5. Regulatory Compliance: Contractors are responsible for ensuring that all work complies with relevant building codes, safety regulations, and other legal requirements.
  6. Risk Management: Contractors should have a risk management plan in place to identify and mitigate potential risks associated with the project. This could include risks related to safety, financials, quality, and schedule.
  7. Subcontractor Management: If subcontractors are used, the contractor is typically responsible for their performance. Contractors need to carefully select, manage, and coordinate subcontractors.
  8. Communication: Clear and regular communication with all stakeholders, including the client, designer, subcontractors, and suppliers, is key to the successful execution of the project.
  9. Post-Completion Obligations: The contract may include obligations that continue after the completion of the construction, such as warranties or maintenance requirements. Contractors should be aware of these and plan accordingly.
  10. Continual Learning: The construction industry is dynamic, with evolving best practices, technologies, and regulations. Contractors should stay updated on industry trends and continually improve their skills and knowledge.

Conclusion

  • Construct Only Contracts can provide benefits in terms of flexibility and quality, but they also carry risks, even though they are seen as one of the "simplest" forms of contract.
  • It's crucial to carefully manage these contracts, with clear terms, regular communication, detailed record-keeping, and proactive risk management.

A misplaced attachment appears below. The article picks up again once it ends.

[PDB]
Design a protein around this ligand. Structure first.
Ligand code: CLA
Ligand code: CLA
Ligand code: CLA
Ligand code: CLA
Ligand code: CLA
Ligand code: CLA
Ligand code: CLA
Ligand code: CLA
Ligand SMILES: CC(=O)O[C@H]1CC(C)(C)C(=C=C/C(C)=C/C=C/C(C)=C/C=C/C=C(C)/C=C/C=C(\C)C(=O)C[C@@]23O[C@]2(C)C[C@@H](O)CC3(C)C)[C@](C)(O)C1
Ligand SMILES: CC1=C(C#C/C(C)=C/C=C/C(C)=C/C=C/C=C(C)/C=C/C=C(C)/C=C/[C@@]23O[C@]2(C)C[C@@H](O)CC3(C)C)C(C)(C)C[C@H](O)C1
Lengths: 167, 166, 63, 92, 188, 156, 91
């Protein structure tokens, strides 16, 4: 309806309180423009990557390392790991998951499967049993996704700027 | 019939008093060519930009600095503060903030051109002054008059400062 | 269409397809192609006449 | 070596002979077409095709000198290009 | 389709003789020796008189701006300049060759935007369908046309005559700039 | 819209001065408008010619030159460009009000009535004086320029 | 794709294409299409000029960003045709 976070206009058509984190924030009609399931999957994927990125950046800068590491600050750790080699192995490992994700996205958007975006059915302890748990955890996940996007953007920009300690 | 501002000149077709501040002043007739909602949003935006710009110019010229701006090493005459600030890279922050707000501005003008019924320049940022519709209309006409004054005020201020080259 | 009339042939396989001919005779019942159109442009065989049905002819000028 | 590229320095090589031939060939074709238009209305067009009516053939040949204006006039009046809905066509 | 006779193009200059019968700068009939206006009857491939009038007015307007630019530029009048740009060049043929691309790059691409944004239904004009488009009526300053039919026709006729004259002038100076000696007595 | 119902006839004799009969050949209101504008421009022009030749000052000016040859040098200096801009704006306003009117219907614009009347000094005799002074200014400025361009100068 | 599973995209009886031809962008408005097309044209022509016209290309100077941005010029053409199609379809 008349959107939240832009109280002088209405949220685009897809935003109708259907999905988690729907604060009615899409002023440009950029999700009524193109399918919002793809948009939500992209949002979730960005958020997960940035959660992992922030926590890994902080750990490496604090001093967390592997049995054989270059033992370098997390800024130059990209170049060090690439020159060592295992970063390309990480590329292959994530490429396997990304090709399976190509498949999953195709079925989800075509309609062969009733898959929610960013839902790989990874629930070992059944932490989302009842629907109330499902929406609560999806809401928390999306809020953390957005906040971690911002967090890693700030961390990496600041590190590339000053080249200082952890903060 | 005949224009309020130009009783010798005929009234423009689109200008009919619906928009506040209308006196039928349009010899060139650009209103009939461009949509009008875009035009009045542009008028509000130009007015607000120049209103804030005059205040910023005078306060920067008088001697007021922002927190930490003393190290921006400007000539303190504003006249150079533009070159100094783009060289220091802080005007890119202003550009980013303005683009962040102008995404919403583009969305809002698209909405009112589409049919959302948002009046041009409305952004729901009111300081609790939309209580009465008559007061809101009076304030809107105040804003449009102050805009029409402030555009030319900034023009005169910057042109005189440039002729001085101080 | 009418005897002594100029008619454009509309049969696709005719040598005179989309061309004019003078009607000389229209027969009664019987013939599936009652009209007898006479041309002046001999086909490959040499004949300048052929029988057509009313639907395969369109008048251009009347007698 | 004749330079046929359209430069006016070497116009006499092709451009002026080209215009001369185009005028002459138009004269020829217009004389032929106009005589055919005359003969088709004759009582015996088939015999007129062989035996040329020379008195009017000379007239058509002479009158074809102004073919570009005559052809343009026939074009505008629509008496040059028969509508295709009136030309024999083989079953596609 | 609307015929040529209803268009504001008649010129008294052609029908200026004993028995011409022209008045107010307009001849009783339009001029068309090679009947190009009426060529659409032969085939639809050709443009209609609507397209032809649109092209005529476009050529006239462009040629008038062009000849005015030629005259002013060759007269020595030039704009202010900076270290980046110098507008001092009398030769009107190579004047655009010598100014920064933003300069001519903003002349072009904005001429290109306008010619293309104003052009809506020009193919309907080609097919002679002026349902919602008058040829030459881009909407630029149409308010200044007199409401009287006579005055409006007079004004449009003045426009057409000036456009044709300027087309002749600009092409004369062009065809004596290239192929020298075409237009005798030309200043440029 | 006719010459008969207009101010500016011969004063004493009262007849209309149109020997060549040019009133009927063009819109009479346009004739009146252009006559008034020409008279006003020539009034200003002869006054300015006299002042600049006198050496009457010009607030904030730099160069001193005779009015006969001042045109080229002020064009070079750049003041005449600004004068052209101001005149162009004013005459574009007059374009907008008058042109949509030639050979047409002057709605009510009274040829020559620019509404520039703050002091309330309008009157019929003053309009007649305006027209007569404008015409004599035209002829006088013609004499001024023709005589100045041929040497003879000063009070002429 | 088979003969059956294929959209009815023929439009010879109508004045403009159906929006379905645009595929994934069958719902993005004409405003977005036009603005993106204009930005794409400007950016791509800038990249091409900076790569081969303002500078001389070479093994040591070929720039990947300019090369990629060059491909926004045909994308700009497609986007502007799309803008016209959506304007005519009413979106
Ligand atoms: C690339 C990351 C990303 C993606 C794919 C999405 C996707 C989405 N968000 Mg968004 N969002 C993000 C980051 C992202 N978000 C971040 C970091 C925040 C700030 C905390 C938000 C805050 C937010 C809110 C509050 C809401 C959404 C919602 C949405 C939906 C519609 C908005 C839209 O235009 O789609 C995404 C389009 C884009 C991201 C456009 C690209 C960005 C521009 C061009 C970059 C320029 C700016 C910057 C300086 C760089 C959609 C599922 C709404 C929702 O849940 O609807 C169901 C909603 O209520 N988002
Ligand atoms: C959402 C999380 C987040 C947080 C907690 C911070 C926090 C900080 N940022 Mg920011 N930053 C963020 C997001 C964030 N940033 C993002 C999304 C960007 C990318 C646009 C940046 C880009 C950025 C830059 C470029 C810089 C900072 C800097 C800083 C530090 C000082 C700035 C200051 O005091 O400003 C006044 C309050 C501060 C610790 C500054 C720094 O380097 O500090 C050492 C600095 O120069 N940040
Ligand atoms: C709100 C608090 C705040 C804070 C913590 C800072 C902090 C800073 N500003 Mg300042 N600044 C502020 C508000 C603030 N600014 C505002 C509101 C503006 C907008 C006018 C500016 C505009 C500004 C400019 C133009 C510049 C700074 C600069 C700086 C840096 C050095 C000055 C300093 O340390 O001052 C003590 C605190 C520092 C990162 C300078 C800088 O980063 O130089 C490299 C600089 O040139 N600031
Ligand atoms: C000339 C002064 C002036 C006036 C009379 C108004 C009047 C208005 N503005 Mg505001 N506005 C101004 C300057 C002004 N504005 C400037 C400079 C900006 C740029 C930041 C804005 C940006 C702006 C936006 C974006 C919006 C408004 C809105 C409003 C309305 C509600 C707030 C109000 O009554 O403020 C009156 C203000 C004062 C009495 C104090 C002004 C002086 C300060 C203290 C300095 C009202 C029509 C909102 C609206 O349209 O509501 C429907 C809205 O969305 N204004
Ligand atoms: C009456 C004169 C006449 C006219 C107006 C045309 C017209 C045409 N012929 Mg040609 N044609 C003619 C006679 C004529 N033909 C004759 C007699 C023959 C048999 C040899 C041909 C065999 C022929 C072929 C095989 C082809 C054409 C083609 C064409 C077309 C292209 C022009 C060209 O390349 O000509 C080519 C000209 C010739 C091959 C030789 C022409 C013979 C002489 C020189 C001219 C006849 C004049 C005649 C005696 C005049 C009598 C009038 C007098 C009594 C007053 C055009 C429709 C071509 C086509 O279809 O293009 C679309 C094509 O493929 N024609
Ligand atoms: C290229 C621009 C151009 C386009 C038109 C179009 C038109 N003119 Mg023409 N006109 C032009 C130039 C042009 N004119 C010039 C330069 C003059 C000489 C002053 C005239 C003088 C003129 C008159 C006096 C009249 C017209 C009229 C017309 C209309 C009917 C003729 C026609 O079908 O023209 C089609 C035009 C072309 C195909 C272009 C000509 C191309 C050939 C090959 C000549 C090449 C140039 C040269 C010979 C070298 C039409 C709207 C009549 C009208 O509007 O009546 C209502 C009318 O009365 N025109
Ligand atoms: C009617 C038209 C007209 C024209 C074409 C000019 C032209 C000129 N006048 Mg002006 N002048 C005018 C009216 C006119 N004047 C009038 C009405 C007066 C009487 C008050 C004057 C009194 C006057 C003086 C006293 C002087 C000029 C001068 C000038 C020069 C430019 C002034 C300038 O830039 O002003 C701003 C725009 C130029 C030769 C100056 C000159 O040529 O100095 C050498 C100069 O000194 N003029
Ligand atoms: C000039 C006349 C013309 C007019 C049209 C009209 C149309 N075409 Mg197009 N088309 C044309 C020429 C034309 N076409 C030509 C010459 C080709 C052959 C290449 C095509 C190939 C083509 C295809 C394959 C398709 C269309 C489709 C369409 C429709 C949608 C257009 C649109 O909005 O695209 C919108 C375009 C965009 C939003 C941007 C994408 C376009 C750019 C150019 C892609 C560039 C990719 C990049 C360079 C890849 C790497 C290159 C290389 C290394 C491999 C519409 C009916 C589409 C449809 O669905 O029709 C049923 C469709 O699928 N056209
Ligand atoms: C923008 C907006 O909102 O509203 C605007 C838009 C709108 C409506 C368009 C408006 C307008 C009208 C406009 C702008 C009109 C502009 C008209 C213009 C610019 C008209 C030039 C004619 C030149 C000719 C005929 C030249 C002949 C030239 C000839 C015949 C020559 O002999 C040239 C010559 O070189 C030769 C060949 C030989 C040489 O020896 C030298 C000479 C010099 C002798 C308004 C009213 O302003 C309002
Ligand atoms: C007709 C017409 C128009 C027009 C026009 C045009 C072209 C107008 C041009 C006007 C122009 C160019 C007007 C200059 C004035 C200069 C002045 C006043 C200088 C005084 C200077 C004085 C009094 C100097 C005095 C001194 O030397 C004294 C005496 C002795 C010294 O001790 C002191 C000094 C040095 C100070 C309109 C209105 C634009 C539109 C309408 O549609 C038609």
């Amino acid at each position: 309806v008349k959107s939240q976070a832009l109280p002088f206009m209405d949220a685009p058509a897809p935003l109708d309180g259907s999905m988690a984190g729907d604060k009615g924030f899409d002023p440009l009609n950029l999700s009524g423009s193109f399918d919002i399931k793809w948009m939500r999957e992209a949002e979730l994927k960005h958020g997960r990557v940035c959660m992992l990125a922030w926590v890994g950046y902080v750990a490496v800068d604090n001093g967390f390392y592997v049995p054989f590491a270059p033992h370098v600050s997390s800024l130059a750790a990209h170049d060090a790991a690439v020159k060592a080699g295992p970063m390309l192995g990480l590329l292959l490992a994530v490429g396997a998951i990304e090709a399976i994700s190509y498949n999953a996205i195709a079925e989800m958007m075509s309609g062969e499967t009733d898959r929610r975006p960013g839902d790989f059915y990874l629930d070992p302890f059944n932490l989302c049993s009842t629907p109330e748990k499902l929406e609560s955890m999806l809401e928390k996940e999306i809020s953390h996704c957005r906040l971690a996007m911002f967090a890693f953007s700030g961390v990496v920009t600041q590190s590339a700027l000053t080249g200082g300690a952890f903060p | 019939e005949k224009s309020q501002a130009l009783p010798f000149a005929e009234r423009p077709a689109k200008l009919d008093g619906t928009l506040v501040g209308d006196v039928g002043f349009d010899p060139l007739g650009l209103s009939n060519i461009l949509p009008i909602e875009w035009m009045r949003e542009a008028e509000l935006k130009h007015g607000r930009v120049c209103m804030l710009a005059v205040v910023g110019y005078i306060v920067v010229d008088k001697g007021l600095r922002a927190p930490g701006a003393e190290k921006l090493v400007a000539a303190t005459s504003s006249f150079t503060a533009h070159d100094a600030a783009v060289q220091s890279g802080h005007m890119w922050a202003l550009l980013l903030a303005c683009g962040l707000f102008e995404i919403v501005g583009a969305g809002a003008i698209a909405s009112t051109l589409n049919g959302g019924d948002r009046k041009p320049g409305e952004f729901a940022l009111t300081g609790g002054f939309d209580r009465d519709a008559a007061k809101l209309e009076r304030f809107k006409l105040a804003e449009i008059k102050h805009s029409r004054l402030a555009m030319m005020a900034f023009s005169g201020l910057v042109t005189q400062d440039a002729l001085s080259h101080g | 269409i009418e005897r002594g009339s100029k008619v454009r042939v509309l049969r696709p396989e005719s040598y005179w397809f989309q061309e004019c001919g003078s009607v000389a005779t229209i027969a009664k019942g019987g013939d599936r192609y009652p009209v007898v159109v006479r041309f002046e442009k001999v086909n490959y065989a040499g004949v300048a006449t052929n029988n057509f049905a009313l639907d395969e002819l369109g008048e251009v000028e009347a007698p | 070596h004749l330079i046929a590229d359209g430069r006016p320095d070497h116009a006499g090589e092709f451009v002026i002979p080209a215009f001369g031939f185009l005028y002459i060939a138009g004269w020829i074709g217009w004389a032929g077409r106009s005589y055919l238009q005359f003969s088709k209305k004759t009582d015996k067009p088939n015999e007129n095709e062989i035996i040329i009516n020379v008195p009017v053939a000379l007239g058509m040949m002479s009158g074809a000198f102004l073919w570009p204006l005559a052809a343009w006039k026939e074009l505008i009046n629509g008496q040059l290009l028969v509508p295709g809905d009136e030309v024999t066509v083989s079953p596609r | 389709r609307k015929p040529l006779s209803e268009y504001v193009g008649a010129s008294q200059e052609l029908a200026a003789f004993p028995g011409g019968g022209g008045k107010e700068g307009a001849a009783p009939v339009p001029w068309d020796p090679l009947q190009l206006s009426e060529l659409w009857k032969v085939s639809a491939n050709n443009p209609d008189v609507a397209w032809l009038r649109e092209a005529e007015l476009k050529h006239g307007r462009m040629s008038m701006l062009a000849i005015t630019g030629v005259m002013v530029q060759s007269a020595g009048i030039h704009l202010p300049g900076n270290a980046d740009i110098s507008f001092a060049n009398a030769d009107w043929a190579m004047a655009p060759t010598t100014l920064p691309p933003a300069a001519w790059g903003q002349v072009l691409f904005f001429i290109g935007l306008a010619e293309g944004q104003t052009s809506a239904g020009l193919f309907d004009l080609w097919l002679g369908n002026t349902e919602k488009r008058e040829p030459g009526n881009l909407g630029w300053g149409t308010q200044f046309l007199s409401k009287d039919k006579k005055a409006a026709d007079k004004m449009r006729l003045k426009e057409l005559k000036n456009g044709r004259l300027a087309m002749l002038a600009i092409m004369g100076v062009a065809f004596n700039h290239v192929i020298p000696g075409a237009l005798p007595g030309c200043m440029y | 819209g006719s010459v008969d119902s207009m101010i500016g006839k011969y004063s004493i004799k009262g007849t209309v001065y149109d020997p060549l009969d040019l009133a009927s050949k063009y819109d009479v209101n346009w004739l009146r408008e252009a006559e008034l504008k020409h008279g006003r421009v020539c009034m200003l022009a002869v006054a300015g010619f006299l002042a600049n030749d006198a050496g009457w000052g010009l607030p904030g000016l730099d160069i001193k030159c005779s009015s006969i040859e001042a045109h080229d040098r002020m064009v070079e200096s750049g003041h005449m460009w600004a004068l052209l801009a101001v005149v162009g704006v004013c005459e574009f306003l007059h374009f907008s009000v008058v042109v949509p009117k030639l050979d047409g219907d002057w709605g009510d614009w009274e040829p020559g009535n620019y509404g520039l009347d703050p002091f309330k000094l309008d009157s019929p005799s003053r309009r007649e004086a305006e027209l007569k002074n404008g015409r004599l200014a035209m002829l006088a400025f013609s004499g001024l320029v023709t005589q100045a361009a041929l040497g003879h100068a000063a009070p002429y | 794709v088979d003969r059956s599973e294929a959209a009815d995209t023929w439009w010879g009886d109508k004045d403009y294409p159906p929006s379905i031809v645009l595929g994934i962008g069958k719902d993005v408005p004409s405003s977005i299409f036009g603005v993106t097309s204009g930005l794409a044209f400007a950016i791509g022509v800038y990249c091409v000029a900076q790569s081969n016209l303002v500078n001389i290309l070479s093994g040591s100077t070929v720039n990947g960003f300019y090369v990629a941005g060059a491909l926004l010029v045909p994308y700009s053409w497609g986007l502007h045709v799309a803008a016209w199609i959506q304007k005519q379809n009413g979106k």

• While Construct Only Contracts can lead to successful project outcomes, they can also result in disputes and cost overruns if not properly managed.

FAQs

1. What is a Construct Only contract?

A Construct Only contract is a type of contract where the Contractor is responsible for carrying out the construction work according to plans and specifications provided by the client (usually through their consultant).

2. What are the key features of a Construct Only contract?

Key features of a Construct Only contract include a fixed price, a defined scope of work, and a set project timeline. The Contractor is not involved in the design phase and is only responsible for the construction.

3. What are the risks for a Contractor in a Construct Only contract?

Risks for a contractor in a Construct Only contract include improper scoping and pricing of the Works, unforeseen site conditions, changes in project scope, and potential discrepancies or errors in the provided designs.

4. What standard forms of contract in Australia use the Construct Only project delivery methodology?

The Australian Standard AS 2124 and AS 4000 are commonly used forms of Construct Only contracts in Australia.

5. What amendments should a Contractor consider making to a Construct Only contract?

Contractors should consider amendments that provide clarity on the scope of work, allow for adjustments in case of unforeseen circumstances, and ensure fair payment terms.

6. How can Contractors protect themselves when entering into a Construct Only contract?

Contractors can protect themselves by thoroughly reviewing the contract, seeking legal advice, ensuring they have a clear understanding of the project scope, and implementing effective risk management strategies.

7. How can Contractors work better with the Principal on a Construct Only project?

Contractors can work better with the Principal by maintaining open and regular communication, promptly addressing any issues or concerns, and working collaboratively to achieve the project objectives.